Reed-beds are successional habitats, where if left unmanaged, will eventually return to scrub and woodland carr. Management of these habitats involves restoring beds to an earlier phase in its lifecycle, including opening up waterways, and removing scrub tree species. Traditionally, reed was also cut for thatching, which would maintain this habitat, and provide varied vegetation structure.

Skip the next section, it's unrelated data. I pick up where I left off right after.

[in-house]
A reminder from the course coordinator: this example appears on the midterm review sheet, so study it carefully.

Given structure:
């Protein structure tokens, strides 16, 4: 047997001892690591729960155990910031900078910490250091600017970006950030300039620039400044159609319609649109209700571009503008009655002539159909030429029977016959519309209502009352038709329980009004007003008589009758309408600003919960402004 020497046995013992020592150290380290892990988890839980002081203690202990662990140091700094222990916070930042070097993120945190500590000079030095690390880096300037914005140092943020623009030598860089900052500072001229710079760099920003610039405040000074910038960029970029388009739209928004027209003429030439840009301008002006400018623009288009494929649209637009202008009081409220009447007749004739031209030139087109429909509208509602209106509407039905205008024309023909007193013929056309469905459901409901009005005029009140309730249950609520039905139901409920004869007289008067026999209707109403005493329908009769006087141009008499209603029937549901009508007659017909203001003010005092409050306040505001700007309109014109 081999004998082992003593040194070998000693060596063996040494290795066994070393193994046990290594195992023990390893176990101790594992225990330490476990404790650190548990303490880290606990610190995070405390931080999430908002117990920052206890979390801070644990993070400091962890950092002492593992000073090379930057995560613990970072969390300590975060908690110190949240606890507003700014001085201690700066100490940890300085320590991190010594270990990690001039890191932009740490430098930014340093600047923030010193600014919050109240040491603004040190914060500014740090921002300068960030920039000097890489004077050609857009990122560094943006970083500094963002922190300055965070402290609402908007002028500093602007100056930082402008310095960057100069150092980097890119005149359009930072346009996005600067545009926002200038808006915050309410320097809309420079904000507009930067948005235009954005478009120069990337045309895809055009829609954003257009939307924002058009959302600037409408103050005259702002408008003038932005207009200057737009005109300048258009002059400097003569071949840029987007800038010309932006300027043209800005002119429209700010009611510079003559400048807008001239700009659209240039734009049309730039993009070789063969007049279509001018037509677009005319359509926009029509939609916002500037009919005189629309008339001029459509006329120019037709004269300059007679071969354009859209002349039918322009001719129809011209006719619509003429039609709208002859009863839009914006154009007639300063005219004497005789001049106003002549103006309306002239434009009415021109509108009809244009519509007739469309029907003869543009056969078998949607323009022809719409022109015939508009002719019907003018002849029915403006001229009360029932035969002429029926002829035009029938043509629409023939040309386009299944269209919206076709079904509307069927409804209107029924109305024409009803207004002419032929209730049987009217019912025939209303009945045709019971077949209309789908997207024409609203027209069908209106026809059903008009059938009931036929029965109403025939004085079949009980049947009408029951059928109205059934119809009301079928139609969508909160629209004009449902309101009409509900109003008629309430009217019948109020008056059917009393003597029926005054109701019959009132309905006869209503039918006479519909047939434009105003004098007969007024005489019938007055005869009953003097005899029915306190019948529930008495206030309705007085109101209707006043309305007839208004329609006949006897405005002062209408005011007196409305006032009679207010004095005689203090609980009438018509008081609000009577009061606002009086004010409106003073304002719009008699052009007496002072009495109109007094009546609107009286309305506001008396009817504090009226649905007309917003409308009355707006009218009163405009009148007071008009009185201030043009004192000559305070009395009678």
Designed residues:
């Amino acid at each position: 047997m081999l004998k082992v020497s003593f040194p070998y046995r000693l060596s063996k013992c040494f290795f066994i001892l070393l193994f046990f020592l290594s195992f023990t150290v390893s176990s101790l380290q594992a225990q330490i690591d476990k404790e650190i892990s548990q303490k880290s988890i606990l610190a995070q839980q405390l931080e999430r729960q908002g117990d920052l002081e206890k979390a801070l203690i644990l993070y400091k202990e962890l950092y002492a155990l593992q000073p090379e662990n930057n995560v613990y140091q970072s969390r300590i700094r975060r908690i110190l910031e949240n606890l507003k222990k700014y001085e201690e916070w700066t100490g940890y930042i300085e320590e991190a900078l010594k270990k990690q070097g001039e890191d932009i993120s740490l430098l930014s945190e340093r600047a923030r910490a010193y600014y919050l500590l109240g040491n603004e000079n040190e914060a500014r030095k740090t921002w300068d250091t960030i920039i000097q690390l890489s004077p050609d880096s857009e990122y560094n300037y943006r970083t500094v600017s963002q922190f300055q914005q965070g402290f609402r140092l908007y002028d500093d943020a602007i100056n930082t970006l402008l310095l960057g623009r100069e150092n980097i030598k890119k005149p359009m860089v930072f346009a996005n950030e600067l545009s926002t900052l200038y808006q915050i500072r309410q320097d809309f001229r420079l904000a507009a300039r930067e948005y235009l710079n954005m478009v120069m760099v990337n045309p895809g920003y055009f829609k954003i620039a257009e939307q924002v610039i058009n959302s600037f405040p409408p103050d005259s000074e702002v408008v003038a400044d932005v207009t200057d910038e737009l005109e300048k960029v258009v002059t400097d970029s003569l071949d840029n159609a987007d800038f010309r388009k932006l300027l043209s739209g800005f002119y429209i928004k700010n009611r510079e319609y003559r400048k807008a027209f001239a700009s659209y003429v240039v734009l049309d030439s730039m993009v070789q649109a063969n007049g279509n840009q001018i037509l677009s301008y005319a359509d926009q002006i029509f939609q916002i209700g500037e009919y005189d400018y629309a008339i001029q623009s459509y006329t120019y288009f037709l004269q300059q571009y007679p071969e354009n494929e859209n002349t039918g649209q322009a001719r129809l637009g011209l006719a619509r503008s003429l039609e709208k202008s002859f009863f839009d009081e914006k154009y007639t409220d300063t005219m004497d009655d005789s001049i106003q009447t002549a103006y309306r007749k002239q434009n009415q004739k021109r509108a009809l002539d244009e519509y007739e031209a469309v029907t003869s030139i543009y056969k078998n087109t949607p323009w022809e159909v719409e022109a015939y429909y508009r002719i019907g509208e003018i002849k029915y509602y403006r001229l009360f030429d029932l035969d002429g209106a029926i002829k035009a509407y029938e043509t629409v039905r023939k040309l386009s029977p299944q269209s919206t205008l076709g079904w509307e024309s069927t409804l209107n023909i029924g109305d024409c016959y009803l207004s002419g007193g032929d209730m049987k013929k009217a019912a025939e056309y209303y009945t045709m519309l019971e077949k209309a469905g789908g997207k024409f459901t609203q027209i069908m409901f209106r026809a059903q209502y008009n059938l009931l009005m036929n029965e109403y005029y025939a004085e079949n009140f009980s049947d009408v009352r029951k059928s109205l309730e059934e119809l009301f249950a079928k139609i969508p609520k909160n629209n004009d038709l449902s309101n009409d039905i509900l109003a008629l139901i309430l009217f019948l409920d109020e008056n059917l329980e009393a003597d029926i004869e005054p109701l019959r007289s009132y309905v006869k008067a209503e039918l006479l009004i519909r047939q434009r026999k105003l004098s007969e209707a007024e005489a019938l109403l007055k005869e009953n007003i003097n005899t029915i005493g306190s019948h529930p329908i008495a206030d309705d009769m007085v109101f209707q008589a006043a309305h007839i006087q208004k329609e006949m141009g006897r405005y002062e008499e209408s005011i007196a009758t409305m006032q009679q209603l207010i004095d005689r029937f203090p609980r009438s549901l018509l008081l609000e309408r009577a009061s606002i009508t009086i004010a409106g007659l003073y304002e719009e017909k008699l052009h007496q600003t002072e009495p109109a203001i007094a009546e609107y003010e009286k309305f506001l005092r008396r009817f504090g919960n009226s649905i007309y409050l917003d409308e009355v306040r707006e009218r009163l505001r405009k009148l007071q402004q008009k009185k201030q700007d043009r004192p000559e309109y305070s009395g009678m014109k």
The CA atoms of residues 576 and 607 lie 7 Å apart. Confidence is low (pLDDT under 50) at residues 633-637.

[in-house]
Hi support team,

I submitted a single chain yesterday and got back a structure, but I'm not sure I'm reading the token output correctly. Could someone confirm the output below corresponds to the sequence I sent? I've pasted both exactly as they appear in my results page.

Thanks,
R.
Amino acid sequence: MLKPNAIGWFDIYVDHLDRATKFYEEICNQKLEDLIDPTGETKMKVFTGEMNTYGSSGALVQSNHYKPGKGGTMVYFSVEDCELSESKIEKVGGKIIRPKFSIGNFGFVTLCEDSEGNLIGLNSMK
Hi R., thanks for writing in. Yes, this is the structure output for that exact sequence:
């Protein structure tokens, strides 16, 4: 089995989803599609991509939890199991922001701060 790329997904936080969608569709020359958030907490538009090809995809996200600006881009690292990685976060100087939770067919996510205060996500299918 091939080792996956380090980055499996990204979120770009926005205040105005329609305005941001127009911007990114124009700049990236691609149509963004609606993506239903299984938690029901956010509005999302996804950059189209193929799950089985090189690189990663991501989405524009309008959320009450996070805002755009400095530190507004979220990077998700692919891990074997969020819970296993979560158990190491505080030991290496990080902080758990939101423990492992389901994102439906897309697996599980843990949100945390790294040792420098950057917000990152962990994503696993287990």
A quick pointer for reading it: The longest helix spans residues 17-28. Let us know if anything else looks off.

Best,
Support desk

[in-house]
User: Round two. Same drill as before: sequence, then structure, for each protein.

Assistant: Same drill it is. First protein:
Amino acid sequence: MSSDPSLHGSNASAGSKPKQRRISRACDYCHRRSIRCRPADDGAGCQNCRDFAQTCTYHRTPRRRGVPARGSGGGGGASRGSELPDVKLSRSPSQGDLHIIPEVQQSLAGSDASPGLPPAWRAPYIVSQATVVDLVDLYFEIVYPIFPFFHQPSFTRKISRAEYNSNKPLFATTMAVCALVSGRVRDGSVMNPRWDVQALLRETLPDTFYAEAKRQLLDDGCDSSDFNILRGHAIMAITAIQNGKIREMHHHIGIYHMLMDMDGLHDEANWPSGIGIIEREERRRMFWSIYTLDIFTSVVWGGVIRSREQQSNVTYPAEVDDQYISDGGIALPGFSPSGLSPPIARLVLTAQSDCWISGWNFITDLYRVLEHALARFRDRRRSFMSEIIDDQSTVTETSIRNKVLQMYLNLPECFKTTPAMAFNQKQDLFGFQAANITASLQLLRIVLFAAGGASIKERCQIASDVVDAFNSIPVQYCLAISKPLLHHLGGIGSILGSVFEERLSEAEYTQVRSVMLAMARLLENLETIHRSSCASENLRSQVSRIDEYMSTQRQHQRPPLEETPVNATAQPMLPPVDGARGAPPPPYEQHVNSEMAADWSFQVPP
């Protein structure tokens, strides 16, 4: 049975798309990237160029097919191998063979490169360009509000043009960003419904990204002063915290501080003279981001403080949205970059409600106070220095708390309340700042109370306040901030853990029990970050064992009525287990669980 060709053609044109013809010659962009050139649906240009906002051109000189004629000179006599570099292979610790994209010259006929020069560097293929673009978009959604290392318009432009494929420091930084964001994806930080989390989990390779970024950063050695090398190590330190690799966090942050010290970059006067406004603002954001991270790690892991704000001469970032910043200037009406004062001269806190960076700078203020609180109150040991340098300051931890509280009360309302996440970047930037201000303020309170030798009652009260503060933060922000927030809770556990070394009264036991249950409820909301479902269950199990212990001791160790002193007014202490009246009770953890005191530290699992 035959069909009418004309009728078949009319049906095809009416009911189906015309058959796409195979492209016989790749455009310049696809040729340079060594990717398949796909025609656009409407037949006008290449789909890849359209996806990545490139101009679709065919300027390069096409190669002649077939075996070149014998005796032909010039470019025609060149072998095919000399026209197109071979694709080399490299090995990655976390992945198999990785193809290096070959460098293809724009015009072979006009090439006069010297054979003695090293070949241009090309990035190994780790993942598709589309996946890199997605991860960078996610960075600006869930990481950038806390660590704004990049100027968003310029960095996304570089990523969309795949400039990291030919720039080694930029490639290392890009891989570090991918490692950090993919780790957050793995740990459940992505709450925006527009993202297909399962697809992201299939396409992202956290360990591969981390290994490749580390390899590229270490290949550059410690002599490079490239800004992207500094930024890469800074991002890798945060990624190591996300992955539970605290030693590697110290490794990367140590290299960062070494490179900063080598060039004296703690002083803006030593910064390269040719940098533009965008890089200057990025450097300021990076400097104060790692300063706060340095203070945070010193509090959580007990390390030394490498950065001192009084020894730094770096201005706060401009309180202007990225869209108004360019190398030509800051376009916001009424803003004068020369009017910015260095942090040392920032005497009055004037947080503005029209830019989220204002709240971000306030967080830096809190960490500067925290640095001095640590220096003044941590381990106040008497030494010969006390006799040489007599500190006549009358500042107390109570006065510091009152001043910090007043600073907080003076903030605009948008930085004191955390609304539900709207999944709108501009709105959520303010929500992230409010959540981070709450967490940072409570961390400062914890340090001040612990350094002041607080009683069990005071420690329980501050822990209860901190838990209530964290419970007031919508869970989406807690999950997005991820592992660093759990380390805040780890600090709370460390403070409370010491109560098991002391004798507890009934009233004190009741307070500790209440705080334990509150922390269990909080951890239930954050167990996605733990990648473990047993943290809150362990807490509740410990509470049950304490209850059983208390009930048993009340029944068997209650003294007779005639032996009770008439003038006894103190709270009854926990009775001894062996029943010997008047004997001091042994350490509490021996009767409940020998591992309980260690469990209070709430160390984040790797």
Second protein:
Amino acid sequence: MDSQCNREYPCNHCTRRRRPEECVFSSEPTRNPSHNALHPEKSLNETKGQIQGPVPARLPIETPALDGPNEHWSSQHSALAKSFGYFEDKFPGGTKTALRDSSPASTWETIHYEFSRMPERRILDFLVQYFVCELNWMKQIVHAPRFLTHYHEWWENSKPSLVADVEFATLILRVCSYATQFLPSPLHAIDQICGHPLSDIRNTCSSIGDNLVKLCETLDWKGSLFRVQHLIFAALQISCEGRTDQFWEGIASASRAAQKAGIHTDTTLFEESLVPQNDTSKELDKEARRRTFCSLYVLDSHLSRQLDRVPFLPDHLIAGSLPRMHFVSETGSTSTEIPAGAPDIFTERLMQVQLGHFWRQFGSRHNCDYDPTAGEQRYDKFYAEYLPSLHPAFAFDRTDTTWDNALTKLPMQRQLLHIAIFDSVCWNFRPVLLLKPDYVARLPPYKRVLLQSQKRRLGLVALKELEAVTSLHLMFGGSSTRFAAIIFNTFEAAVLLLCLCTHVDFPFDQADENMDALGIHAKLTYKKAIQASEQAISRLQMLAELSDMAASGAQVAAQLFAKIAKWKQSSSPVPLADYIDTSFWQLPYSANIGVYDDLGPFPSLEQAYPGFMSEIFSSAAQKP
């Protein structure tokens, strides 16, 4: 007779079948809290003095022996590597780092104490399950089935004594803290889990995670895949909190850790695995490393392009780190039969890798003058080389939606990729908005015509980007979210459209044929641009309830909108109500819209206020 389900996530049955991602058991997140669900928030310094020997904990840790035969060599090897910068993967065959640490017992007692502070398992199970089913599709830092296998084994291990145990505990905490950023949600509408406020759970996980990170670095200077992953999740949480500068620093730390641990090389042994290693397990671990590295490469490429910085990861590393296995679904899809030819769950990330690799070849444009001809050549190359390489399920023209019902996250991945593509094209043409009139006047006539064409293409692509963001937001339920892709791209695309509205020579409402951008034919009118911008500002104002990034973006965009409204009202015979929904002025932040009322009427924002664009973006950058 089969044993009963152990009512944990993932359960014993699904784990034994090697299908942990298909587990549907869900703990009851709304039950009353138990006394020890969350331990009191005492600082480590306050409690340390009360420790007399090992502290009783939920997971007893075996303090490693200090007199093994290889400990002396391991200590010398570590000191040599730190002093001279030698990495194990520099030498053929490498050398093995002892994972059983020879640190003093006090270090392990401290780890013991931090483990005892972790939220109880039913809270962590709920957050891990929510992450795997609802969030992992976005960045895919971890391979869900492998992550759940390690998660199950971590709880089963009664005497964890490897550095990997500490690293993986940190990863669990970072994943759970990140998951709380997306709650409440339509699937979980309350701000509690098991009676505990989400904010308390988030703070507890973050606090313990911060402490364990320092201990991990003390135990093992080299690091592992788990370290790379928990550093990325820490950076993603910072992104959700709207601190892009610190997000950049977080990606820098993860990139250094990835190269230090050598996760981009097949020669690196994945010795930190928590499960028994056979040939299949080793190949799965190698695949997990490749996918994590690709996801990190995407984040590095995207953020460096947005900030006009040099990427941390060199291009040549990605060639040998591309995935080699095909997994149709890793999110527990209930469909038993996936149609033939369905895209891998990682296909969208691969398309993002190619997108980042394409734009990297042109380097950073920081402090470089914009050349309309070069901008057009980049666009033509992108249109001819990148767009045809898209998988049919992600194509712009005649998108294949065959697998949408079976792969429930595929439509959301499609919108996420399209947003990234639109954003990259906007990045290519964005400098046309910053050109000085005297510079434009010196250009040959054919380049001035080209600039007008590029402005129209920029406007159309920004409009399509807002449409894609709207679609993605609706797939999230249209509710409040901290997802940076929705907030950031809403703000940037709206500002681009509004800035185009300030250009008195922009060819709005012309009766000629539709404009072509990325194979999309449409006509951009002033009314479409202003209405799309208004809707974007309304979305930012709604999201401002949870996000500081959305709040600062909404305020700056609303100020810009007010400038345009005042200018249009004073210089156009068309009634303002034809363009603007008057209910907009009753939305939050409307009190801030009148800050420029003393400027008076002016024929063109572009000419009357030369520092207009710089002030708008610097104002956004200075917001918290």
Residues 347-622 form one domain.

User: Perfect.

We are working our horses in managing reed beds, in areas that are less accessible to heavier machinery, extracting Willow and other invasive scrub species such as Blackthorn. As with our forestry, we maintain a philosophy of using hand tools / saws wherever possible, to reduce noise disturbance to wildlife. Where necessary, timber is extracted by the horses to a collection point, for burning, or removal on a horse-drawn flat-bed dray. Safety is paramount within these soft-ground habitats, so we carefully survey our working sites first. Our horse drawn hay-cutter is also adaptable, and able to cut reed.